The United States Geological Survey (USGS) declared the Bakken Shale the largest continuous oil accumulation it has ever assessed. And so far North Dakota is reaping the lion’s share of the spoils.

But Keith Kohl, editor of “Energy and Capital,” thinks that Montana is due for a renaissance after production dropped from 99,000 bo/d in 2006 to 76,000 bo/d in 2009. “Montana became the forgotten step-child in the US oil industry,” Kohl wrote.

The Bakken Shale covers a large portion of eastern Montana. (Image courtesy of Energy & Capital)The Elm Coulee field in the eastern portion of the state put Montana on the map in 2000, and by 2006 it was producing 56,000 bo/d from about 350 wells. By 2007 it had become the highest producing onshore field in the lower 48 states.

Then the USGS made its proclamation, and the rest is history -- the number of rigs drilling on the North Dakota side of the border has increased 333% since December of 2008. By the end of July of this year, North Dakota had overtaken Oklahoma to be the country’s third most active drilling state, Kohl wrote. Last year it surpassed the Sooner State to become the fourth-largest oil producer in the US.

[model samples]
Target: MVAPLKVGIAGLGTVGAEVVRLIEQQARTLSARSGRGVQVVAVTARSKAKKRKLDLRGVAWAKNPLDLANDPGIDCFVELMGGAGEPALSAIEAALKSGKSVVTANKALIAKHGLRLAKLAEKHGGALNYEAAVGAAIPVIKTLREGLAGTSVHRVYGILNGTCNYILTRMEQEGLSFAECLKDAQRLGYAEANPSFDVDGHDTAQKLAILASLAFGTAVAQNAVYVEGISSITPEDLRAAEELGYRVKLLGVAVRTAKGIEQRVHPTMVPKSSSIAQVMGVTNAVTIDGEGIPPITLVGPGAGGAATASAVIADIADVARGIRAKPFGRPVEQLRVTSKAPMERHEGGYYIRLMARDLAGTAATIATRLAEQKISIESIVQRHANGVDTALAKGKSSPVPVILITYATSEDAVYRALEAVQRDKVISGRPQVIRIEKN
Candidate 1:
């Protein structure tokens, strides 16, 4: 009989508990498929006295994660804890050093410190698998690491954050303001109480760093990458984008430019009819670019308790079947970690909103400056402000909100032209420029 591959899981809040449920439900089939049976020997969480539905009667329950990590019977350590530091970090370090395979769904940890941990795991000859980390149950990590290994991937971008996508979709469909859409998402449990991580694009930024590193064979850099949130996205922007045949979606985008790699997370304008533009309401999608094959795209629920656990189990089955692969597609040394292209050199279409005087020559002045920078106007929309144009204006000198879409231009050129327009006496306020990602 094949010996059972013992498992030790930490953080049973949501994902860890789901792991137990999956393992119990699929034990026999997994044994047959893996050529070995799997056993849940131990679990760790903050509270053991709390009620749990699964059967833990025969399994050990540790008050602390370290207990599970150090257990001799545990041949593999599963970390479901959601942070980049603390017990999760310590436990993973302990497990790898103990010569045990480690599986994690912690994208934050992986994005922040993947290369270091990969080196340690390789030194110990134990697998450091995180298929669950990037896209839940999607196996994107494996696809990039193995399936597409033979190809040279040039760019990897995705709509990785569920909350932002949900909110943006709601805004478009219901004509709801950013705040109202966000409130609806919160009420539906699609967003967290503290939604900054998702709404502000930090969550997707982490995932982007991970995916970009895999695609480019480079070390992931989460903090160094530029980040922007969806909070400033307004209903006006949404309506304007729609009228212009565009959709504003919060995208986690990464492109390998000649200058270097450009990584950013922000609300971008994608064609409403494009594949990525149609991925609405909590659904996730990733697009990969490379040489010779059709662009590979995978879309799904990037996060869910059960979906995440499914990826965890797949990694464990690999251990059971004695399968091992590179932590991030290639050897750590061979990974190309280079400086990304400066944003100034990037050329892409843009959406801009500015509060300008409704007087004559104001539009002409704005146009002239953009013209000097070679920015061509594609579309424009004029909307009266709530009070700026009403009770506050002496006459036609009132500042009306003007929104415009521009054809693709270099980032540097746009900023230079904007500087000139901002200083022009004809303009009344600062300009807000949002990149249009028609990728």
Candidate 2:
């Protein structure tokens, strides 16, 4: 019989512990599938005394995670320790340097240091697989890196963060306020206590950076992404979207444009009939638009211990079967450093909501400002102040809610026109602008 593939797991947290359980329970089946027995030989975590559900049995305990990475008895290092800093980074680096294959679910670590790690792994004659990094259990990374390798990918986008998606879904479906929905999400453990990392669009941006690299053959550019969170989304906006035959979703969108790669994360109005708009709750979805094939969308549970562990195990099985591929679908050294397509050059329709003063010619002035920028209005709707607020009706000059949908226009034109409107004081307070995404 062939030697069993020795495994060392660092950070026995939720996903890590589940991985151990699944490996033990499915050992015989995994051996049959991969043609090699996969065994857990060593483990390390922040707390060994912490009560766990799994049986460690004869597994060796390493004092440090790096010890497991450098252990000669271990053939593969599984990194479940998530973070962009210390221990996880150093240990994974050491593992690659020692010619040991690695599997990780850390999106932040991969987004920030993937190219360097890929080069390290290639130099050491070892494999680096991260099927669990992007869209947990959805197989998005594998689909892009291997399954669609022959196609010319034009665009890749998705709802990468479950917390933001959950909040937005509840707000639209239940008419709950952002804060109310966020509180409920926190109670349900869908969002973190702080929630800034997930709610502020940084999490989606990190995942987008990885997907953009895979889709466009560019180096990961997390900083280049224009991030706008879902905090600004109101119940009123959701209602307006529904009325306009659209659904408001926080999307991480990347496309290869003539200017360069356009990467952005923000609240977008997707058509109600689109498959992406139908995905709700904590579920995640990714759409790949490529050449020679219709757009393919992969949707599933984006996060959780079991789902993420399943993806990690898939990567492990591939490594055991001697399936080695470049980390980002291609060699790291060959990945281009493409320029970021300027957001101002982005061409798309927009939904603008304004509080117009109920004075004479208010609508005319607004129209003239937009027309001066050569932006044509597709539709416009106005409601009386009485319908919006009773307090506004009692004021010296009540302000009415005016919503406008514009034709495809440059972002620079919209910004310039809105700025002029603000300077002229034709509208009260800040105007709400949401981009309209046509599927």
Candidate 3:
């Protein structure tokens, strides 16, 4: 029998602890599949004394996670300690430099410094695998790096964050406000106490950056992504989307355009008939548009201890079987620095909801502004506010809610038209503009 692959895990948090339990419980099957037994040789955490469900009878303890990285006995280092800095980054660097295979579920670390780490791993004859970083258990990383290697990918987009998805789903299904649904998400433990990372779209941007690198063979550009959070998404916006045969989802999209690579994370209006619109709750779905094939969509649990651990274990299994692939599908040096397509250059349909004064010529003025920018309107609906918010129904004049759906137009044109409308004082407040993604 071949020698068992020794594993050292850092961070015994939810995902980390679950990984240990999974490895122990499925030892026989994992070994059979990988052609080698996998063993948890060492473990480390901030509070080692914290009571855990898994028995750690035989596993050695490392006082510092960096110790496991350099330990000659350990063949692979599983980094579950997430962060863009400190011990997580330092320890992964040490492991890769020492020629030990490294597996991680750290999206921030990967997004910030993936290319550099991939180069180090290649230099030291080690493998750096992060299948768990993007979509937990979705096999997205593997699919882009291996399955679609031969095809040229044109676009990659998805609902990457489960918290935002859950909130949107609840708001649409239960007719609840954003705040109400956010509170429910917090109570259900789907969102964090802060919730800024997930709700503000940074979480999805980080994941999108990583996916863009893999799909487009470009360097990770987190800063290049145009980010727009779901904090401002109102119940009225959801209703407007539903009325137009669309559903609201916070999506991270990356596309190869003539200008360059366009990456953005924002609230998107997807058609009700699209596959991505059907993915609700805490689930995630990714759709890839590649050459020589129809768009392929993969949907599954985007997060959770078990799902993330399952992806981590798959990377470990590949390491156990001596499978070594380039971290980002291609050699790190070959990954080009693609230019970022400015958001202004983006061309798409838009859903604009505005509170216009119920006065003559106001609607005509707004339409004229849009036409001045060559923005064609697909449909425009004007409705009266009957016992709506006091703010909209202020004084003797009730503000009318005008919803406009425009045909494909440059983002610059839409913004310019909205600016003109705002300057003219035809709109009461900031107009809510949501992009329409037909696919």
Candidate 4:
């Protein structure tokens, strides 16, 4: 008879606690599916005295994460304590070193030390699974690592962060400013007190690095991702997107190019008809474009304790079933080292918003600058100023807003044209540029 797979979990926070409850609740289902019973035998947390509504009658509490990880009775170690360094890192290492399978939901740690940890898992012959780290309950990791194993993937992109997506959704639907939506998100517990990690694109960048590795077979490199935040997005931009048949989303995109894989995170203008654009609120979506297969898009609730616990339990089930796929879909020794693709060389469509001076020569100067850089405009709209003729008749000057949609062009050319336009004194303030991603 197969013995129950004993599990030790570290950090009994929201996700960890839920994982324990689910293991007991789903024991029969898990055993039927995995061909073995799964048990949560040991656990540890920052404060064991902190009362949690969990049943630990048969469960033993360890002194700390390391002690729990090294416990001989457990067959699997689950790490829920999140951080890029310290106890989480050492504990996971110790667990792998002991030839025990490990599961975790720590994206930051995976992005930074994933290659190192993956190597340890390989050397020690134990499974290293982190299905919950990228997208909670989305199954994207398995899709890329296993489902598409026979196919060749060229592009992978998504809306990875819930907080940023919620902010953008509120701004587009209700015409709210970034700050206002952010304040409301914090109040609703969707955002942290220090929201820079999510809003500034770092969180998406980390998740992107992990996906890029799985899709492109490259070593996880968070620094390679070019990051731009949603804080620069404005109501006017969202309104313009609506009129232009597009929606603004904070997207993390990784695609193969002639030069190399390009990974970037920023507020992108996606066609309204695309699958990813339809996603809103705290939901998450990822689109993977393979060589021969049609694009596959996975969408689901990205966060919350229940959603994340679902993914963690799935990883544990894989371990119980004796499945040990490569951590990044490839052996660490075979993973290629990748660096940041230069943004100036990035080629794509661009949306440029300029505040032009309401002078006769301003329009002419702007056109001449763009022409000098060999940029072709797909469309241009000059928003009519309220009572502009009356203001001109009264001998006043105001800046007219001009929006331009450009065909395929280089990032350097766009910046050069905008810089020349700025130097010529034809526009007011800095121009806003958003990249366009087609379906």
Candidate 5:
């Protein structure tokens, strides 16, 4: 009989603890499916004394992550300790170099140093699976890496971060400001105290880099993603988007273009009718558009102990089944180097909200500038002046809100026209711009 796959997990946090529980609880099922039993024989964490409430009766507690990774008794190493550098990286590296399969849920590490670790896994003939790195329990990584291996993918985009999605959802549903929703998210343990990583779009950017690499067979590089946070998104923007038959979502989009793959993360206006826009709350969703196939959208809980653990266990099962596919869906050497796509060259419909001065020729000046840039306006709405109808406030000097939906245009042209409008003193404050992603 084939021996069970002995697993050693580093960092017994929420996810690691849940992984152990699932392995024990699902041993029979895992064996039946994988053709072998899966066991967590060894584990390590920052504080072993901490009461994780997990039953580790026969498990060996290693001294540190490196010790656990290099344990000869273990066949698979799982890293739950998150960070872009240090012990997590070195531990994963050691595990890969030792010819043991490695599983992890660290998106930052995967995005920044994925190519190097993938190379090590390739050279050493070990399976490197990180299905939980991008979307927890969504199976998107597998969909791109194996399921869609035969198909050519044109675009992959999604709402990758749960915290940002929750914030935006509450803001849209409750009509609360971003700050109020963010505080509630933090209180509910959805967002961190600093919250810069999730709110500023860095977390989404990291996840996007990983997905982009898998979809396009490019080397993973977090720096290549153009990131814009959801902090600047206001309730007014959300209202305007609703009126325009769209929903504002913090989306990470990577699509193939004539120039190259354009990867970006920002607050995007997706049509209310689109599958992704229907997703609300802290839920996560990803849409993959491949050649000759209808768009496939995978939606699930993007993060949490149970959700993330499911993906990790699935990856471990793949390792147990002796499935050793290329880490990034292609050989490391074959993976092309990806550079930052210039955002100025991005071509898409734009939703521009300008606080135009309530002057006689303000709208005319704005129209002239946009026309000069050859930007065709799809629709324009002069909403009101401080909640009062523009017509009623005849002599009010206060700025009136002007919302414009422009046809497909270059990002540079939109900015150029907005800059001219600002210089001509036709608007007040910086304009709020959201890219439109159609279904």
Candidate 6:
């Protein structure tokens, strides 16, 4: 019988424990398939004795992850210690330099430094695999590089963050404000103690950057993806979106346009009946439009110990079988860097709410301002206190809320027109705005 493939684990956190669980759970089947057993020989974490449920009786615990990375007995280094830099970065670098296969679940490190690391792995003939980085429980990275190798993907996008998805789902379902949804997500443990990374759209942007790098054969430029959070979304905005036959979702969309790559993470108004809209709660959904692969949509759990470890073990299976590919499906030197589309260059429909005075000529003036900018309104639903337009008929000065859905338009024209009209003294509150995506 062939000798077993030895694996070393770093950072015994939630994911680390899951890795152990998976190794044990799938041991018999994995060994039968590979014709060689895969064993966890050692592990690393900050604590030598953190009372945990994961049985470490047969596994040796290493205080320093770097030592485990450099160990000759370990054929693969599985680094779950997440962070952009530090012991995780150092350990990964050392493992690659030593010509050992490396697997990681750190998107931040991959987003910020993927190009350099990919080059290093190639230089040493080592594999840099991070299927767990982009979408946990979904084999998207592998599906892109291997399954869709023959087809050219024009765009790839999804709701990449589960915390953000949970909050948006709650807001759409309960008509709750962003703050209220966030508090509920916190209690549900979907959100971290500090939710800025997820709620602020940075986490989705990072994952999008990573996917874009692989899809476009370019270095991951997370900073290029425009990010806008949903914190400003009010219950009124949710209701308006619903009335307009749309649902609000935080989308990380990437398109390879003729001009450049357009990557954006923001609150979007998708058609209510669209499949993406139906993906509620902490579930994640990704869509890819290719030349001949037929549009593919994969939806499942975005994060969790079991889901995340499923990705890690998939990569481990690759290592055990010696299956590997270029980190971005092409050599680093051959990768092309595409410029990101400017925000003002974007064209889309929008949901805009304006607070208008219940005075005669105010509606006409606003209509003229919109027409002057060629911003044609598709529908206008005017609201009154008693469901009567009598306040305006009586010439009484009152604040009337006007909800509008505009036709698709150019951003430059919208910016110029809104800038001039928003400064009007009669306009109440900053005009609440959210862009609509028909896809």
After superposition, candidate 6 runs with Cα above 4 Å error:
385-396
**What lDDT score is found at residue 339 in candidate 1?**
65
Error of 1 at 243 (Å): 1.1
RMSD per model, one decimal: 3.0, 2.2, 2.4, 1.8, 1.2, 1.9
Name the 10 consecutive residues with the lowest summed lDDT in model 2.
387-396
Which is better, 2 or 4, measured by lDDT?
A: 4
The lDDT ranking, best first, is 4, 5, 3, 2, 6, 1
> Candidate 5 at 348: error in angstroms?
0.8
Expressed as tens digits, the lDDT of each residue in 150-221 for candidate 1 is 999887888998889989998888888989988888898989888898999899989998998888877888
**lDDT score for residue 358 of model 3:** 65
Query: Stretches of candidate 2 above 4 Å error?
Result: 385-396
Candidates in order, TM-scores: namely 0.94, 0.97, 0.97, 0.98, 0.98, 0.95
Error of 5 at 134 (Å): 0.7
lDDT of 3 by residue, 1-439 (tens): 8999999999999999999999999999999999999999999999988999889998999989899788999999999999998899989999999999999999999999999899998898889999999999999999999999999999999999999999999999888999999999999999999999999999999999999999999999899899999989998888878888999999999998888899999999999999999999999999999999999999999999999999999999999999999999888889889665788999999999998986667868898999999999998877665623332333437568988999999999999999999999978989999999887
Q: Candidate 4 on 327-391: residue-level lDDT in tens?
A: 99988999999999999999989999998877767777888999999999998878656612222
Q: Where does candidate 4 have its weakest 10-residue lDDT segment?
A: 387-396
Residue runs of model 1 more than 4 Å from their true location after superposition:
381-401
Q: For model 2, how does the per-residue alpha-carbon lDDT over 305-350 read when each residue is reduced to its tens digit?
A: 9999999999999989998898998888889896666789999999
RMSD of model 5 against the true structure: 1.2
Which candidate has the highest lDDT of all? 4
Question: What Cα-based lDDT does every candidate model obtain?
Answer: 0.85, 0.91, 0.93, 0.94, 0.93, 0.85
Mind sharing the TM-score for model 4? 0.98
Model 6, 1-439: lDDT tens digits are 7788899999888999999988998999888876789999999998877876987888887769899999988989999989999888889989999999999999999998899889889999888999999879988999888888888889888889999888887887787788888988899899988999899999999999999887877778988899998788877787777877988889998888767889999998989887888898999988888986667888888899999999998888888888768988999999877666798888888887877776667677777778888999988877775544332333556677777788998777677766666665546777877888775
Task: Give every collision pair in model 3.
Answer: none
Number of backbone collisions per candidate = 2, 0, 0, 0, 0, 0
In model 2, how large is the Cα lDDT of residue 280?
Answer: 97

By comparison, there were only five rigs drilling in Montana in Baker Hughes’ latest rig count. But Kohl said that other signs point to a drilling boom in Montana. Why?

For one thing, Kohl estimates that Montana leases are looking more attractive as companies continue to hone their drilling and completion techniques. More telling is what’s happening at the permitting level. The Montana Board of Oil and Gas is being “flooded” with drilling permit applications, Kohl wrote. “According to one administrator, Tom Richmond, oil and gas there could [account for] more than 300 permits this year.”

Montana’s Bakken acreage is not as extensive as that in North Dakota. But with Bakken competition at a frenzied pace to the east, Montana could prove to be the next “sweet spot” in US oil shale development.

Map: The Bakken Shale covers a large portion of eastern Montana. (Image courtesy of Energy & Capital)